The creators of many of the images on these websites are giving up some of their copyright protection and allowing you to use their photos and artwork. However, they may have usage rules that they require you to follow: for example, they might ask you to attribute the creator of the image if you use it. (Attribution = including information, on your website or wherever you use the image, saying who made the image and where you found it.) Before you copy or use any image, it’s a good idea to look at the webpage for the image and check for usage or licensing rules. I’ve included links to the general usage rules for many of the websites in this list. Quick disclaimer: I am not a lawyer and cannot provide advice regarding your legal rights. However, I can help find material that might assist you in your research, or help you learn how to contact a lawyer. Questions? Please ask!

Creative Commons logoCreative Commons Search - Creative Commons is an organization that creates standards for sharing content on the Web (photos, videos, writing, anything!) This webpage has buttons to search many different websites for images and other content that are free to use based on Creative Commons standards - choose a website and then type in your search. Searchable websites from this page include Flickr, Google Images, Wikimedia Commons, and more. Usage information is included on the bottom of the page, below the buttons for the different sites.19th century painting of an American schooner

U.S. Government Images search - The search engine lets you look for photos and images from the federal government. You can find photos of just about anything, from satellites to Socks the cat, with little or no usage restrictions. Most of the results take you to images located on the Flickr website: before you use the image for your own project, make sure to look for usage information on the image's Flickr page.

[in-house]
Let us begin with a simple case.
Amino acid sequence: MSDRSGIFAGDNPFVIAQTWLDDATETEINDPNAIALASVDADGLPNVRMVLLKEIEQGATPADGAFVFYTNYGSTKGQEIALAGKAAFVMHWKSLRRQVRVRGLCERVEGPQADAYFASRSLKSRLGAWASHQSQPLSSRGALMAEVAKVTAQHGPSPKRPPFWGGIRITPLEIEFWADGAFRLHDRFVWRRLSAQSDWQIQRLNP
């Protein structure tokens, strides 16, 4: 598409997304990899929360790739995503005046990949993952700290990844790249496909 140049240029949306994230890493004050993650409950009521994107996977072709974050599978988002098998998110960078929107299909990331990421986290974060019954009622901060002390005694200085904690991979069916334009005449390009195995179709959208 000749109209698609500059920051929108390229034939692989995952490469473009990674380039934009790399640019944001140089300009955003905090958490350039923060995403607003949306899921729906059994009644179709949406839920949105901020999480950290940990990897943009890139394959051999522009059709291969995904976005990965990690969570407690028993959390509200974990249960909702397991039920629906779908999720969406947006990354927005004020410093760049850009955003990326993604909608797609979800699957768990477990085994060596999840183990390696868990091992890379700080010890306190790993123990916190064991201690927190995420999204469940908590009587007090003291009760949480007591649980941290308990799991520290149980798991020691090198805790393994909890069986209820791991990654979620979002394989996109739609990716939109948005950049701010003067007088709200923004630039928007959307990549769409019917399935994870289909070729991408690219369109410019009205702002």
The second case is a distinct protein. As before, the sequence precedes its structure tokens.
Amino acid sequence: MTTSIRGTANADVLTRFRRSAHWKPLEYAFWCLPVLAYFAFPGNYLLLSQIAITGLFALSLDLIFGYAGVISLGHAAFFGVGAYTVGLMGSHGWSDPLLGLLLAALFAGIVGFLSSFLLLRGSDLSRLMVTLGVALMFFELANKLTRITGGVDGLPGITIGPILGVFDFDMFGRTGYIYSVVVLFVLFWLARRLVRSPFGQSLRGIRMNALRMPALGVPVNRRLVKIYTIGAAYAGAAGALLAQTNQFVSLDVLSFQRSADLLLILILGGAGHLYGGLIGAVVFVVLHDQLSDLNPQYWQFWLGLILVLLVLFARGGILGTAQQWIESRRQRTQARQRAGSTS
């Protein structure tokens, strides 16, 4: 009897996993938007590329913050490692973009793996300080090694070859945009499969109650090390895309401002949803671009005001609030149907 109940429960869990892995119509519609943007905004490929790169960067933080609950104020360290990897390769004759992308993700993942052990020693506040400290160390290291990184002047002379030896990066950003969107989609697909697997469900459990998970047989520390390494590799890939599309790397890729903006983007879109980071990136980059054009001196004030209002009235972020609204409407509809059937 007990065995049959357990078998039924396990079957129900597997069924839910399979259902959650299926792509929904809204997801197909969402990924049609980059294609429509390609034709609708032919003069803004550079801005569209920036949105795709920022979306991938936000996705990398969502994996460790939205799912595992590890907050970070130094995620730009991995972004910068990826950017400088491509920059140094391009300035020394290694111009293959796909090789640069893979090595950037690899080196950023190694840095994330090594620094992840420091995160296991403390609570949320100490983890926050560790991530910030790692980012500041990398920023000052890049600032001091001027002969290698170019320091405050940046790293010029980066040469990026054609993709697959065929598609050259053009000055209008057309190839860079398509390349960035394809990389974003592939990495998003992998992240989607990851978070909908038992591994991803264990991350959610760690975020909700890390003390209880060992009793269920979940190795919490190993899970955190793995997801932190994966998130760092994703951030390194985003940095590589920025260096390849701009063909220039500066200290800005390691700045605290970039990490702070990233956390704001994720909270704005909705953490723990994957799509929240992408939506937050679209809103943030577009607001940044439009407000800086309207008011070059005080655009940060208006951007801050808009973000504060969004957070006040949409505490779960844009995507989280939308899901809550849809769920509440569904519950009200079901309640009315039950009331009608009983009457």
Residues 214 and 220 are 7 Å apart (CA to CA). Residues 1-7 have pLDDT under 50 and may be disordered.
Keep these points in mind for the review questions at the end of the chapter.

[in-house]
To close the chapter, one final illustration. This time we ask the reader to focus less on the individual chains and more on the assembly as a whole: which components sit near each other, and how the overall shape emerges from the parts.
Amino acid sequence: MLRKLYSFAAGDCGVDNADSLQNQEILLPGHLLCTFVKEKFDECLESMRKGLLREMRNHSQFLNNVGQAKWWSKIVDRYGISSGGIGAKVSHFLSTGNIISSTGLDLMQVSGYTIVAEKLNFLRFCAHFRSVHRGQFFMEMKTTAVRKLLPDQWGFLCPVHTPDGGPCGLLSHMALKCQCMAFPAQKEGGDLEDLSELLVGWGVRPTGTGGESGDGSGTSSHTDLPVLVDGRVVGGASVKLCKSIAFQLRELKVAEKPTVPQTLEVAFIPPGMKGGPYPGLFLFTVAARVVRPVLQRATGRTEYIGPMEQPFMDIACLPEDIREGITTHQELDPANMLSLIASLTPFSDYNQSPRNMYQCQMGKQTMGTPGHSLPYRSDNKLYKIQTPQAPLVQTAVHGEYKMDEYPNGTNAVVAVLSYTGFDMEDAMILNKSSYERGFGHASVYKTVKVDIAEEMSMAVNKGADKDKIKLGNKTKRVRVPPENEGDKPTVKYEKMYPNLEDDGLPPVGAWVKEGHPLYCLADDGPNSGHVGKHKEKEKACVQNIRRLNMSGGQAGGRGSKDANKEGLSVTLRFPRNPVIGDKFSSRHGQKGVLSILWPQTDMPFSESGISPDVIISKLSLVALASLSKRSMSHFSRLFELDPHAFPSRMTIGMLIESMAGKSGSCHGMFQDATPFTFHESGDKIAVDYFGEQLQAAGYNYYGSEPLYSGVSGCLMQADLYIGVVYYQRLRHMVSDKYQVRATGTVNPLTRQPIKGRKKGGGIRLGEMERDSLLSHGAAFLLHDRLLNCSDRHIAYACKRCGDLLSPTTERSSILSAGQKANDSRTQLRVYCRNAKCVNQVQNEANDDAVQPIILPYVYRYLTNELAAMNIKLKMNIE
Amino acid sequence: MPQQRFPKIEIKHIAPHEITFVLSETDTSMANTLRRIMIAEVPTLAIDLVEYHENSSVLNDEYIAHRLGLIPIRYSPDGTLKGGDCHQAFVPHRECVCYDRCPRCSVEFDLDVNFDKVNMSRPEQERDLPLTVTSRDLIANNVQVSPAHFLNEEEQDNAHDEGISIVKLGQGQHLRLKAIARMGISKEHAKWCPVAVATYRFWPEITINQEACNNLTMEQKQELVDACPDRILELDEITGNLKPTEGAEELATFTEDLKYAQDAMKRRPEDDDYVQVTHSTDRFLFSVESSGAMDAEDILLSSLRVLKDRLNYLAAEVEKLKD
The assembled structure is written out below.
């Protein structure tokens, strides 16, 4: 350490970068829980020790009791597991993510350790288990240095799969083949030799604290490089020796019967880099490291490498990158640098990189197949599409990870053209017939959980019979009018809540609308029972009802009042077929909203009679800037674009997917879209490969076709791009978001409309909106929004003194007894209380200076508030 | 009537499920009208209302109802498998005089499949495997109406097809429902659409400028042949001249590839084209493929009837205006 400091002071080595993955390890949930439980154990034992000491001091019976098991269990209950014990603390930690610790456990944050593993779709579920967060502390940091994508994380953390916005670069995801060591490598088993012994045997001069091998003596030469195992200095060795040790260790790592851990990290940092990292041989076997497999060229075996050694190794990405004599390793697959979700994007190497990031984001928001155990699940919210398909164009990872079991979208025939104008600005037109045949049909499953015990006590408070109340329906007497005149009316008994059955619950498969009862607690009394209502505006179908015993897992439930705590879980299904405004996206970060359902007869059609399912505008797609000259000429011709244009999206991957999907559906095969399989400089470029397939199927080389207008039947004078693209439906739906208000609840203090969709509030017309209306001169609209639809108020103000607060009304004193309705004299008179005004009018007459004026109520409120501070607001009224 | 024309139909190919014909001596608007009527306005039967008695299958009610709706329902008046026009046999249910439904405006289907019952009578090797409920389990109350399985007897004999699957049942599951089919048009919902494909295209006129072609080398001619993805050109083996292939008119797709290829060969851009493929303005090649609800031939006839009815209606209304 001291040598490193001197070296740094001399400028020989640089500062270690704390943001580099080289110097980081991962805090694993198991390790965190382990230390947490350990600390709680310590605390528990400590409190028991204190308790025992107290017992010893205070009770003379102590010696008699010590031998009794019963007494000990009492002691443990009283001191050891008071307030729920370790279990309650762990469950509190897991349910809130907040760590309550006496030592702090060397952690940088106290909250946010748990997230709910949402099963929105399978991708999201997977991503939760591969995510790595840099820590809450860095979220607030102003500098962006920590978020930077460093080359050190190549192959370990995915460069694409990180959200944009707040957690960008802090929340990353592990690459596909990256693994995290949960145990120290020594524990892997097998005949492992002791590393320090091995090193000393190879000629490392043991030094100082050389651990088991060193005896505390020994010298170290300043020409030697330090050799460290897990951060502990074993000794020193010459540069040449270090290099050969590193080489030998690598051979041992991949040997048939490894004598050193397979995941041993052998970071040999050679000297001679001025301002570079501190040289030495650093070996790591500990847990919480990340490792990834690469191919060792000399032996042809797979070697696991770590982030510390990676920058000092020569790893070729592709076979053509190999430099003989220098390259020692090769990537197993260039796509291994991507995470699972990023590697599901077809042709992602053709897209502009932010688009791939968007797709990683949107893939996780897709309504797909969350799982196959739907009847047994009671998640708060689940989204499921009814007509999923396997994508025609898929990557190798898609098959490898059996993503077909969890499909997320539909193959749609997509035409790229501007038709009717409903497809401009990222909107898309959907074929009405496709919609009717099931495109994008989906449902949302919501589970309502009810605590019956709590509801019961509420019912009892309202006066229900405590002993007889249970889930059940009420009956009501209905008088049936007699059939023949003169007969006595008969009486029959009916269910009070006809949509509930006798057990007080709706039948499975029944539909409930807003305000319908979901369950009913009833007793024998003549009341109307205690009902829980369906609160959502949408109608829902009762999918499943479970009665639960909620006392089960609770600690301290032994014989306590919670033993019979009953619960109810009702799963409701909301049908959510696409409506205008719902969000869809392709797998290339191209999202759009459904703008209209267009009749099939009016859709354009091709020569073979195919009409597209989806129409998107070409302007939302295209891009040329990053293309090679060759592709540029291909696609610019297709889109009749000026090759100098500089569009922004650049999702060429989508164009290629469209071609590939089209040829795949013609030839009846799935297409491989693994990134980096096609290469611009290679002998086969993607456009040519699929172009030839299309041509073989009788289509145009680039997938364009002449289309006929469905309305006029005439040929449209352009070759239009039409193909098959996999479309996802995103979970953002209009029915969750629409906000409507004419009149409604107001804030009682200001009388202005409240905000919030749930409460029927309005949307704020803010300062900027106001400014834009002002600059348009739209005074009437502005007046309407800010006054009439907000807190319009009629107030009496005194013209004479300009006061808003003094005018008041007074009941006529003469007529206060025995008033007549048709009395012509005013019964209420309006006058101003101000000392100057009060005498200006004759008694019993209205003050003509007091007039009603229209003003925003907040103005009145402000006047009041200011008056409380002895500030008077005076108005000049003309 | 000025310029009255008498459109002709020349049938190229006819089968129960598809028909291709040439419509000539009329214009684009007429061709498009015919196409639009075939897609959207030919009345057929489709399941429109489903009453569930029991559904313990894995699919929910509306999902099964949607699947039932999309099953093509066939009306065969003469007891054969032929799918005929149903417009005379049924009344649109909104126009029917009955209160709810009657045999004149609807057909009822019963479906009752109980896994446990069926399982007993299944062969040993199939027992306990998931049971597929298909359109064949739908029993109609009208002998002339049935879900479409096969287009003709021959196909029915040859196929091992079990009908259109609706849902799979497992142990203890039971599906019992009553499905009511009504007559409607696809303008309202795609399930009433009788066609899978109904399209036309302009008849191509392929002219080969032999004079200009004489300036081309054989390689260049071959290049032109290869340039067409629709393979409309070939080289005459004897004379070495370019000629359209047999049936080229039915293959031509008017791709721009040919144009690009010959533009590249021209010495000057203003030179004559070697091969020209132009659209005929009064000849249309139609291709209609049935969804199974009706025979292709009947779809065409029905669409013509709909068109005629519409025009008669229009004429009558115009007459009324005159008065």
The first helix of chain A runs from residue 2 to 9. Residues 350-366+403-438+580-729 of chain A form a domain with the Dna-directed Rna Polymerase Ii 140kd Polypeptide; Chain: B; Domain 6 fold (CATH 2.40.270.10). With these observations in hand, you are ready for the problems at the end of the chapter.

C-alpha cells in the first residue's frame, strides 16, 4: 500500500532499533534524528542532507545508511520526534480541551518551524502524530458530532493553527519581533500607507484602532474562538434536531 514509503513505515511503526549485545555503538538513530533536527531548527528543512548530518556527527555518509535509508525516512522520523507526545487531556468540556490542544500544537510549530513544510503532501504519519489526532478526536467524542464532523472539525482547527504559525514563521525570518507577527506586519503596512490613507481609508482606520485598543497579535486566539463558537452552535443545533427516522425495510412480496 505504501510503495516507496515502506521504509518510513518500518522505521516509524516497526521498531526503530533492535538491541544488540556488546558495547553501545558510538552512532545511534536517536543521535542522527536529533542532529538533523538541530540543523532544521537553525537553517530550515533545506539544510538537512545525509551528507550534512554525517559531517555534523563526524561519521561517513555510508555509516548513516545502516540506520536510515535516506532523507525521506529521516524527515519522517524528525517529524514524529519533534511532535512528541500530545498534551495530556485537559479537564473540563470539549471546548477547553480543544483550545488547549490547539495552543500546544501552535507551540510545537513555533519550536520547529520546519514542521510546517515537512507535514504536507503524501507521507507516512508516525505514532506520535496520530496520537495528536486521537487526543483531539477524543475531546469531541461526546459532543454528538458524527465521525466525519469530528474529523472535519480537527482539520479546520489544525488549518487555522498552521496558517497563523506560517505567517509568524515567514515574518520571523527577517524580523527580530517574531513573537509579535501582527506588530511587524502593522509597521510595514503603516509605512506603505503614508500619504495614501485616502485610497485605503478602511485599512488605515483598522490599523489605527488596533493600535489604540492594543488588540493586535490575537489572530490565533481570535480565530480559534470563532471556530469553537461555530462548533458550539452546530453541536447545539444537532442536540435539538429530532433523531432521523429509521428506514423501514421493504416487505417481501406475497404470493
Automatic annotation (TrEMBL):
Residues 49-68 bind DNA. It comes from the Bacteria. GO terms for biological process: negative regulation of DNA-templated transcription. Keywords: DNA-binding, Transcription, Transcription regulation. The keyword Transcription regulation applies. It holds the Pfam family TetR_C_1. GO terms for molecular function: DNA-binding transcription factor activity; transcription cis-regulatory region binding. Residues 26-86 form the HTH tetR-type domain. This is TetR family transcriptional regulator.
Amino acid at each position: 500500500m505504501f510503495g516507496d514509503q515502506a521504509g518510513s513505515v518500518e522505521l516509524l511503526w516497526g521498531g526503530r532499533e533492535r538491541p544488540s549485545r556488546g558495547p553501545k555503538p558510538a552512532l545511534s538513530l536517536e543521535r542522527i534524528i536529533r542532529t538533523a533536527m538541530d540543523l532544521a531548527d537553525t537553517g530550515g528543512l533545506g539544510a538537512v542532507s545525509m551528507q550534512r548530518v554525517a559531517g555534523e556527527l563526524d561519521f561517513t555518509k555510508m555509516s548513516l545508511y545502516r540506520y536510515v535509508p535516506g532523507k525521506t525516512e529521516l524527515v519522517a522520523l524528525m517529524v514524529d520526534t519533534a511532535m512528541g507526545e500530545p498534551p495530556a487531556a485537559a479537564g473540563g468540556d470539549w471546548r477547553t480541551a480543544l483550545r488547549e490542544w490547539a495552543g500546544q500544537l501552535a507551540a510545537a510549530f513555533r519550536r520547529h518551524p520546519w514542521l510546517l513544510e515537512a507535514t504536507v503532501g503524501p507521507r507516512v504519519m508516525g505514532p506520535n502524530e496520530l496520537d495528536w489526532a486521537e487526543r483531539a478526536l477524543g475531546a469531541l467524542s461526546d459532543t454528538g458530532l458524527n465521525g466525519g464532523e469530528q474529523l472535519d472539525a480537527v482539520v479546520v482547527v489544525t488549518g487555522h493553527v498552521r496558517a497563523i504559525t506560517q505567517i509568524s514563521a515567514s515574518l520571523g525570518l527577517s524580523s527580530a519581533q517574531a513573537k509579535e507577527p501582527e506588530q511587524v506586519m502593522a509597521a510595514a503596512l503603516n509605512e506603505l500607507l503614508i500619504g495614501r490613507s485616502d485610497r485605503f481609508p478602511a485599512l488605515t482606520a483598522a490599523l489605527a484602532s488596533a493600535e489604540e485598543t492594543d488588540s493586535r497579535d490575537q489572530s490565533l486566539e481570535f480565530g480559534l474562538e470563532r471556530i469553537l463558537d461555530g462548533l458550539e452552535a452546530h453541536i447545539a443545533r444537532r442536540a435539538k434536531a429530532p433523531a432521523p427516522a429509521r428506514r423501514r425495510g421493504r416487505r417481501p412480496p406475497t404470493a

Children reading a wireless newspaperThe Commons - The Commons is a section of the photo-sharing website Flickr which provides access to images from public photography archives at museums and libraries around the world. It’s a great place to find historic photos, and everyone (including you!) is encouraged to add comments and tags to the images. The photos on this site have “no known copyright.”

Encyclopedia of Life - this website’s mission is to “increase awareness and understanding of living nature,” and it includes information and images on all kinds of living creatures, from moths to amoebas to mollusks to monkeys. It includes many images, most of which are free to use as long as you attribute the source. Here is a usage statement for the site.

Photo of a flowerMorgue File - a morgue file is “a place to keep post production materials for use of reference.” In other words, it is a place to store things. In this particular online morgue file, you can find many high resolution stock photos. Here is a usage statement for the site.

Openclipart - Unlike many websites which offer photos to use, this site has royalty-free clip art (clip art = little images and drawings ready to use in electronic documents). You can even register and submit your own clip-art for other people to use! Here is a usage policy for the site.Scissors illustration

Are websites not your thing? Do you prefer books? Well, the library still has plenty of those. We have many books of illustrations and prints on all sorts of topics, most of them royalty-free. To find them, just do a subject search in the library catalog for “clip art.” You’ll find books with images of Victorian women’s fashion, birds, children’s book illustrations, fairies, and much more, many of them including CD-ROMs with computer files of all the images in the book. At the end of this blog post is a book list showing examples of the types of clip art books that the library owns.